Skip to comments.Iraqis Pay Tribute to U.S. Service Members
Posted on 05/27/2004 12:54:58 PM PDT by saquin
ARLINGTON, Va., May 27, 2004 As the sound of "Taps" wailed from Army Sgt. Major Henry Sgrecci's bugle today, seven Iraqi citizens pressed their new prosthetic hands against their hearts at the Tomb of the Unknowns here to honor U.S. service members who have given their lives in Iraq.
The seven men, all Iraqi merchants, have been in the United States since mid- April to receive their new "bionic" hands to replace the ones amputated by former Iraqi dictator Saddam Hussein as punishment for trading in U.S. currency. In addition to providing them with new $50,000 prosthetic hands, U.S. doctors in Houston also removed the tattoos Saddam had imprinted on the merchants' foreheads to draw further attention to their misdeeds.
During this week's visit to Washington, D.C., the Iraqis made a pilgrimage today to Arlington National Cemetery, the final resting place for 65 service members killed in Iraq. There, the group laid a wreath at the Tomb of the Unknowns to honor U.S. service members killed while overthrowing the brutal regime under which they and millions of other Iraqis had suffered for decades.
Nasaar Jondi, one of the merchants, reflected on his predicament nine years ago, as he sat in prison waiting for Saddam's doctors to chop off his right hand. The night before his sentence was carried out, Jondi wrote his wife, "Do not be sad. Hopefully Allah will replace my hand with an even better one." Today, as the proud recipient of a new prosthetic hand made possible through donations by U.S. medical facilities, medical staff, companies and citizens, Jondi reflected on his new fortune personally and as an Iraqi citizen -- and the cost that made it possible.
"Without the tremendous sacrifices of American servicemen and women, we would never have had a new beginning and a new Iraq," he said.
Like nearly all Iraqis, Laith Agar had seen unforgettable suffering and death under Saddam which he said gives him a greater appreciation for life and an appreciation for those willing to lay theirs down for others.
"Life is the most precious thing for a human being, and these people have made the ultimate sacrifice," said Agar, a resident of Baghdad. "They came to Iraq and died for Iraq and for all humanity. We will never forget the contributions these heroes have made."
Basin Al Fadhly said he wanted to visit Arlington National Cemetery to pay tribute to America's fallen warriors "and to express gratitude to the American people and the American Army that carried out the liberation of Iraq from Saddam."
For Hassan Al Gearawy, the visit to Arlington was a way to express his appreciation to the families particularly the mothers of U.S. service members killed in his country's liberation. "I wanted to salute them and express my thanks and gratitude to the mothers of those martyrs," he said.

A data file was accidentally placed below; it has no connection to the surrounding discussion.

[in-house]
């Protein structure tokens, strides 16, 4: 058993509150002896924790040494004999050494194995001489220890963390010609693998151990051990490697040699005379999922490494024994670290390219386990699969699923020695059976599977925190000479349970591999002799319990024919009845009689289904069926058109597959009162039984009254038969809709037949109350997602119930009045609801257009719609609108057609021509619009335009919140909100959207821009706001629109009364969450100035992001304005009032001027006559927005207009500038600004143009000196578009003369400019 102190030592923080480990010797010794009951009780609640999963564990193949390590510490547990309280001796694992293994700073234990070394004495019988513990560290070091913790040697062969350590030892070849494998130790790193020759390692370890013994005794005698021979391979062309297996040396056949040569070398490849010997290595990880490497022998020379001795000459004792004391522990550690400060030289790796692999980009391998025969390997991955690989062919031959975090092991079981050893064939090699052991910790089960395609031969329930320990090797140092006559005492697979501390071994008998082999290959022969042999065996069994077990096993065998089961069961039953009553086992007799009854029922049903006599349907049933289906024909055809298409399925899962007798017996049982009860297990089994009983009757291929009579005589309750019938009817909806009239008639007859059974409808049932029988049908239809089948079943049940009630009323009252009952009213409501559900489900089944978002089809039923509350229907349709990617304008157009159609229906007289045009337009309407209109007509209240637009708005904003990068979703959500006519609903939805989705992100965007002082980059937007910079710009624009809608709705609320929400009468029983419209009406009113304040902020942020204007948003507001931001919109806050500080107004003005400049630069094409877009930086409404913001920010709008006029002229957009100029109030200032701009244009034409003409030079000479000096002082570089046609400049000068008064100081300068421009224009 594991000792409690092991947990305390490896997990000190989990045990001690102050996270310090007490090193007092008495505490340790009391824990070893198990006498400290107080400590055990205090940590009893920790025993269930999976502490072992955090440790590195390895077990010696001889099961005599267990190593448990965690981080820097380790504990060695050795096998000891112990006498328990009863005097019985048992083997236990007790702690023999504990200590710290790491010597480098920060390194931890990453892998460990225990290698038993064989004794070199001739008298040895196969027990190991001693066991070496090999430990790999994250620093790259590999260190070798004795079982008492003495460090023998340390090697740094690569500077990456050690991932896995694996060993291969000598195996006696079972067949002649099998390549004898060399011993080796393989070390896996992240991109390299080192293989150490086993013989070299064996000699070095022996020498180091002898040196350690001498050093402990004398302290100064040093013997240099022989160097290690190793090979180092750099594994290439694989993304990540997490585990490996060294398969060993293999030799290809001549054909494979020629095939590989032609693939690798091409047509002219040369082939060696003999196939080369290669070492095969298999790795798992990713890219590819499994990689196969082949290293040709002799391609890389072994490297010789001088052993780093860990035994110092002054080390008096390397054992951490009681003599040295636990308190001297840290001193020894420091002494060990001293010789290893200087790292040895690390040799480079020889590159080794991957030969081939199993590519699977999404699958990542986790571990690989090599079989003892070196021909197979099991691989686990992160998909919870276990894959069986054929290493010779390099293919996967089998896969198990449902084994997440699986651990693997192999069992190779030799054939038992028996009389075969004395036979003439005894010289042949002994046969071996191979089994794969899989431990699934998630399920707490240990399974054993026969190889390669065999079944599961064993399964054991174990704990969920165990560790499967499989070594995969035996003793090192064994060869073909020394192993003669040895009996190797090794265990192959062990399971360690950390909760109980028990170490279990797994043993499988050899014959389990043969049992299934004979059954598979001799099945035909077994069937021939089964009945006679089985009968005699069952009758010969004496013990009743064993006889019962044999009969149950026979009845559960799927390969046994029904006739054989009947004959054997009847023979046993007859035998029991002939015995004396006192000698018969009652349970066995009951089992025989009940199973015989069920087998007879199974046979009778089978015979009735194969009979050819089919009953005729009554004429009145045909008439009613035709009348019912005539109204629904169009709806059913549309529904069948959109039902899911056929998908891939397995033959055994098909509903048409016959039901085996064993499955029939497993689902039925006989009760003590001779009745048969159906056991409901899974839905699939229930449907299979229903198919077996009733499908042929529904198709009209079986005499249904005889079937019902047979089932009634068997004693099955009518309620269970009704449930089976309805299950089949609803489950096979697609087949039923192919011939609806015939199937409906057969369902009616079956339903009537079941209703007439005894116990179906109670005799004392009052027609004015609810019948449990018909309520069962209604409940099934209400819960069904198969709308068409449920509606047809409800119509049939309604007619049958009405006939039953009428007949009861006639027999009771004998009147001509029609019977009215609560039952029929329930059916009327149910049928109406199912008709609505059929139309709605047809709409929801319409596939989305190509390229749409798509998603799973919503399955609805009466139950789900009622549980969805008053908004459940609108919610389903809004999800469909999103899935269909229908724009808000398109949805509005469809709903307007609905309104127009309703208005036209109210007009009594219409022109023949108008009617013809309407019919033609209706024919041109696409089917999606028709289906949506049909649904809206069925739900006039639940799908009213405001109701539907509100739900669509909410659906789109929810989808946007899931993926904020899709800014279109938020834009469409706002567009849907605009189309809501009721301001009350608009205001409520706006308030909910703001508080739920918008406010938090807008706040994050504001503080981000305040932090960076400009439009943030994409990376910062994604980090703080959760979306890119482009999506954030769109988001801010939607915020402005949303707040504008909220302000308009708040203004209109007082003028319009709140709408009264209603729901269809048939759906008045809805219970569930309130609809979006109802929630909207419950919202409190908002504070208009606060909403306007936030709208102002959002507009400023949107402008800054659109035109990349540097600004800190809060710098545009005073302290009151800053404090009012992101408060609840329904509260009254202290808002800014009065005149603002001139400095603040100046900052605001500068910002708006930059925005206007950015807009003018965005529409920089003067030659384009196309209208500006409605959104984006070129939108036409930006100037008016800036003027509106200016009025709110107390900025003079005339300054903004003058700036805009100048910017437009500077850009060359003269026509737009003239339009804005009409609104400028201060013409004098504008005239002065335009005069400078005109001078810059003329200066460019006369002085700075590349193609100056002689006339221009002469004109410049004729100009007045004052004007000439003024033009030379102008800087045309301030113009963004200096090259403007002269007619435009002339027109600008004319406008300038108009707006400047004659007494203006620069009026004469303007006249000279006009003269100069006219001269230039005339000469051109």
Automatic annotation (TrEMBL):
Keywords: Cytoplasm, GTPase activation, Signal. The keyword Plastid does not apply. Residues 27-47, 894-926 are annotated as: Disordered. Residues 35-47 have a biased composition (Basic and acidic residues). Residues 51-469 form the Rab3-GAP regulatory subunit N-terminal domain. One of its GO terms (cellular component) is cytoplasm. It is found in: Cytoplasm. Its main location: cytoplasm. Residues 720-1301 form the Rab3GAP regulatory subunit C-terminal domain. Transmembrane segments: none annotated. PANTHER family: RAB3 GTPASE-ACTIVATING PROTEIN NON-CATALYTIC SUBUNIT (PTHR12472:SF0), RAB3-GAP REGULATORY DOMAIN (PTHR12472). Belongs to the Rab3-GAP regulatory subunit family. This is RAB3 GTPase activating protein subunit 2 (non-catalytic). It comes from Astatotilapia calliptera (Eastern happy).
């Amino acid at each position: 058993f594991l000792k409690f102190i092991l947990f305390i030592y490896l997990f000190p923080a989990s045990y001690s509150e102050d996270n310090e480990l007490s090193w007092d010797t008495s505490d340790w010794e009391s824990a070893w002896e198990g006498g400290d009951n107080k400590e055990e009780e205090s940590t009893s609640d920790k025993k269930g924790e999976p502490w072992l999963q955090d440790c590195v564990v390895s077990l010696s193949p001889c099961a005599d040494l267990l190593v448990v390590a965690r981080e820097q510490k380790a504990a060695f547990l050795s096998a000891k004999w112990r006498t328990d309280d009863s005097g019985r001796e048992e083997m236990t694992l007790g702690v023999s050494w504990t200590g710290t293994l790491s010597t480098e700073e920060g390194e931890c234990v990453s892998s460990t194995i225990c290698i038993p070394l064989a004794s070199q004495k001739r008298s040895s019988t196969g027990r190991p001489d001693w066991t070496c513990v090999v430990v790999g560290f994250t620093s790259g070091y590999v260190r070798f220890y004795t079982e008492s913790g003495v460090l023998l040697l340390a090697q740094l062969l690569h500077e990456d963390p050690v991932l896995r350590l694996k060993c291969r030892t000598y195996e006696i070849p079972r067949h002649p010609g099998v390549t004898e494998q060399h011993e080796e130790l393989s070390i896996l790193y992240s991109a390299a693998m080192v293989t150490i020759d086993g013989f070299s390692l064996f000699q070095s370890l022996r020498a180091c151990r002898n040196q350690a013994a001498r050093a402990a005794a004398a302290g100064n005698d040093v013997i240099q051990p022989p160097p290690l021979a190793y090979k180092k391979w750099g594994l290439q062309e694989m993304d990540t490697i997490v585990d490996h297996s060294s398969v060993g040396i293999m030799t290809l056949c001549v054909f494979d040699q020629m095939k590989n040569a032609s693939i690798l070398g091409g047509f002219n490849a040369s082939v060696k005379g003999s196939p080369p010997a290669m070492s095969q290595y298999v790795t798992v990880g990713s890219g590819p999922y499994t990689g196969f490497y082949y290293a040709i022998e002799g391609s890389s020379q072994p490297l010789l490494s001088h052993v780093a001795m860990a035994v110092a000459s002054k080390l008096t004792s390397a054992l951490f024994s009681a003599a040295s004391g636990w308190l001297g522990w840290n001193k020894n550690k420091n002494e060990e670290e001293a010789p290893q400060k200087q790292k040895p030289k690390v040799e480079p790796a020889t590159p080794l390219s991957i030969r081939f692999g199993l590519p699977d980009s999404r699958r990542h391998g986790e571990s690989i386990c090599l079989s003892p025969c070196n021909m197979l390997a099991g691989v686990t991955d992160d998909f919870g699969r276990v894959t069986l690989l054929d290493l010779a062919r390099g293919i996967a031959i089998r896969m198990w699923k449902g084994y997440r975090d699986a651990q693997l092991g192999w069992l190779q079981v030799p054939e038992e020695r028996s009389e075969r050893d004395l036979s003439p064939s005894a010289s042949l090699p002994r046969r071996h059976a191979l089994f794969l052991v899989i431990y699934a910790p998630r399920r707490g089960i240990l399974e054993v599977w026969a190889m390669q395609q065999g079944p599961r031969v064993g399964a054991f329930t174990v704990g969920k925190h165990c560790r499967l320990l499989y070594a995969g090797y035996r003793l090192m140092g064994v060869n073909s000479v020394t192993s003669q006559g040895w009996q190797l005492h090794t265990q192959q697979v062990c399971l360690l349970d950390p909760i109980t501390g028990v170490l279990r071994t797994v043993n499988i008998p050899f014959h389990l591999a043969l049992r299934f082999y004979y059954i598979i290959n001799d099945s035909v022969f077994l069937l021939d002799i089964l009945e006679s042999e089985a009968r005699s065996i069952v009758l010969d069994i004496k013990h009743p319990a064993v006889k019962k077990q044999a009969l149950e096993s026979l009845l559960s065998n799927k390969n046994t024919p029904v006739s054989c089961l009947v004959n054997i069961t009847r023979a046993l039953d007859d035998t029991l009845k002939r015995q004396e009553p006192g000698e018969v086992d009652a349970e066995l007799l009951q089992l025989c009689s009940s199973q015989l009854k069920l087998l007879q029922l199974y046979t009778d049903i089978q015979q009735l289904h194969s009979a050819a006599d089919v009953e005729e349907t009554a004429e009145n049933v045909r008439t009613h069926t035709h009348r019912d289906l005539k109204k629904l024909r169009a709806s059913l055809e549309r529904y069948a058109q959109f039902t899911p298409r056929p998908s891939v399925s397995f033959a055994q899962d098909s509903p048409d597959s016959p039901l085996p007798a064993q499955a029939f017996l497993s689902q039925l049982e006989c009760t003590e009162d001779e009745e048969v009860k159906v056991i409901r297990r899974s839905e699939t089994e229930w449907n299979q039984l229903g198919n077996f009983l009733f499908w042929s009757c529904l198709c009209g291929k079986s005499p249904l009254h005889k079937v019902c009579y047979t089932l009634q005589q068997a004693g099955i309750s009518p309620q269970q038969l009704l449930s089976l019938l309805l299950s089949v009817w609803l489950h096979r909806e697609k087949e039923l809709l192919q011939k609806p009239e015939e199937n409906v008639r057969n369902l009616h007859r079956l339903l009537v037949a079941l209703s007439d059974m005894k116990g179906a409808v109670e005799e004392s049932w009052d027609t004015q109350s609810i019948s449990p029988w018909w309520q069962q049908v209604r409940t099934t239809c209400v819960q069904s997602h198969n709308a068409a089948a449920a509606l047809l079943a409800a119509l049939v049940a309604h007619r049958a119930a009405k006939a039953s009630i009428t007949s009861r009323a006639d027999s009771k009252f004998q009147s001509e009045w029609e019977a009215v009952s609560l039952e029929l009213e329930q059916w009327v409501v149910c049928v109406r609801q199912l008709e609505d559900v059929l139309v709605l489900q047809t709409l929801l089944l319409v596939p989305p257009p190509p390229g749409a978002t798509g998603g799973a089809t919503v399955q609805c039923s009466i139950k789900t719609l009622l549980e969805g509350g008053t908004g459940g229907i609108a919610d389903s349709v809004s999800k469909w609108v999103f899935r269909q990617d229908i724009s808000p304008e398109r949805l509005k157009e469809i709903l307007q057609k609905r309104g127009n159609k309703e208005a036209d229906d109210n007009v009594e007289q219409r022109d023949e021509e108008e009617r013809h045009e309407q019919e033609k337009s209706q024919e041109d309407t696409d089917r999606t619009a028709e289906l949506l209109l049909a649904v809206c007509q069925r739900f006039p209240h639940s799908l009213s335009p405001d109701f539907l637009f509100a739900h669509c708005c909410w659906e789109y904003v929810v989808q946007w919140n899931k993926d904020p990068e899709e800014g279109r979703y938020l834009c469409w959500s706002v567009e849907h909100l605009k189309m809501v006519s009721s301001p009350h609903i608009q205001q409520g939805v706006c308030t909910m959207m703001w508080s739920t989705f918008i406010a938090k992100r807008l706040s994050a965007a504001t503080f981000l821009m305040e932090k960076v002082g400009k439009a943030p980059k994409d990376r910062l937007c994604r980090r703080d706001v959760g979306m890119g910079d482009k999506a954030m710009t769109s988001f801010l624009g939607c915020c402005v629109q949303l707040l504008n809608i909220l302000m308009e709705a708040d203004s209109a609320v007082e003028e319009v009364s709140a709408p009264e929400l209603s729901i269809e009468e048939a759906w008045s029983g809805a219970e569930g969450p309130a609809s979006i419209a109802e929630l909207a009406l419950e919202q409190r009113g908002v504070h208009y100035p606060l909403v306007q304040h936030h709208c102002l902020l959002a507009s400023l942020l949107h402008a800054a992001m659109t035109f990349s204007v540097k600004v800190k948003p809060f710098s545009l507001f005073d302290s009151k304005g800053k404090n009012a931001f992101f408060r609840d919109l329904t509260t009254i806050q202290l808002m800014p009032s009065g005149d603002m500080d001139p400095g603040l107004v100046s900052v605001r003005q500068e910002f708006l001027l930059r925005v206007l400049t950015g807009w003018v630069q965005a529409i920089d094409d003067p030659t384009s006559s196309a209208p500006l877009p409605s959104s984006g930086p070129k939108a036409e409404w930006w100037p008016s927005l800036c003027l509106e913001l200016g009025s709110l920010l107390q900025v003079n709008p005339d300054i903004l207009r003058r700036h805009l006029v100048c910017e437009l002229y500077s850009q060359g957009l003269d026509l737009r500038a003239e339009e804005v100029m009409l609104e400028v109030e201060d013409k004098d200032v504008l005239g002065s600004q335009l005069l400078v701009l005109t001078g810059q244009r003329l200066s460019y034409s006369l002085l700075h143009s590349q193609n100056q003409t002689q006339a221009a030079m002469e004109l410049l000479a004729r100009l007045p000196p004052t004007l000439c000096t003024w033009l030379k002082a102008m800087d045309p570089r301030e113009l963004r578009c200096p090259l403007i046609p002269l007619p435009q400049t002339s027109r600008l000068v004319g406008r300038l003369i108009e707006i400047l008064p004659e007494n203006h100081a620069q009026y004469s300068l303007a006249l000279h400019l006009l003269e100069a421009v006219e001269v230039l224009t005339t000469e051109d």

Earlier this week, the group visited the White House, where President Bush told them he was "honored to shake the hand of a brave Iraqi citizen who had his hand cut off by Saddam Hussein."
The president praised Dr. Joseph Agris, a plastic surgeon based in Houston, who conducted the surgery to put new prosthetic hands on the Iraqis, and Don North, a documentary producer who brought the plight of the seven merchants to Agris's attention.
"These men had hands restored because of the generosity and love of an American citizen," Bush said. "And I am so proud to welcome them to the Oval Office."
Army Spc. Patrick Moran, an "Old Guard" soldier from the 3rd U.S. Infantry, helps members of the Iraqi delegation lay a wreath at Arlington National Cemetery on May 27 to honor U.S. service members killed in Operation Iraqi Freedom.
Proudly displaying their new prosthetic hands that replace those amputated by Saddam Hussein are, from left, Laith Agar, Hassan Al Gearawy, Qasim Kadhim, Salah Zinad, Basim Al Fadhly, Nazaar Jondi, and Alaa Hassan.
A bump and a bookmark.
This isn't getting much coverage on PMSNBCBSABCCNN.
One wonders what they thought of lush, verdant Virgina in the Spring. Must seem like another world to them.
It also makes me so angry that the jerks at the alphabet new won't report this news for the world to see. They are nothing short of pond scum.
OMG, I have tears in my eyes. What a beautiful story.
I loved this line: "Hopefully Allah will replace my hand with an even better one."
Little by little, with progress like this, perhaps people in the Middle East will realize that God does not want people to kill each other in His name.
Saquin gets the credit because he posted it; I was only the first person to respond.
Oops! Sorry for the boo boo.
No, you're kidding me. Surely it led.
What an amazing story! THIS is the kind of thing that could change the hearts and minds of Muslims. Let's hope they spread the word when they get back to Iraq! God Bless those who gave their lives for America. I'm so proud to live in the greatest nation in the world.
I'm sure that they're just waiting until they can meet them in person, putting a face to the story because they care so much about the Iraqi people and the advancement of freedom.
Yeah, that's the ticket.
Finally an encouraging story! Thank you for posting this. A good for the kids tonight.
I will be sharing this story and the pictures with all three of my history classes tomorrow...
Thank you for the beautiful story, saquin. This thread is now an official Prayer Warrior Field Trip destination.
For those who may wish to join other FReepers in supporting our troops and their loved ones spiritually, feel welcome and invited to come to the Troop Prayer Threads.
Awesome pictures, they say it all!
great post bump..... once agian A fine example of why the fight is worth it. now if you'll excuse me I need to find a tissue. :)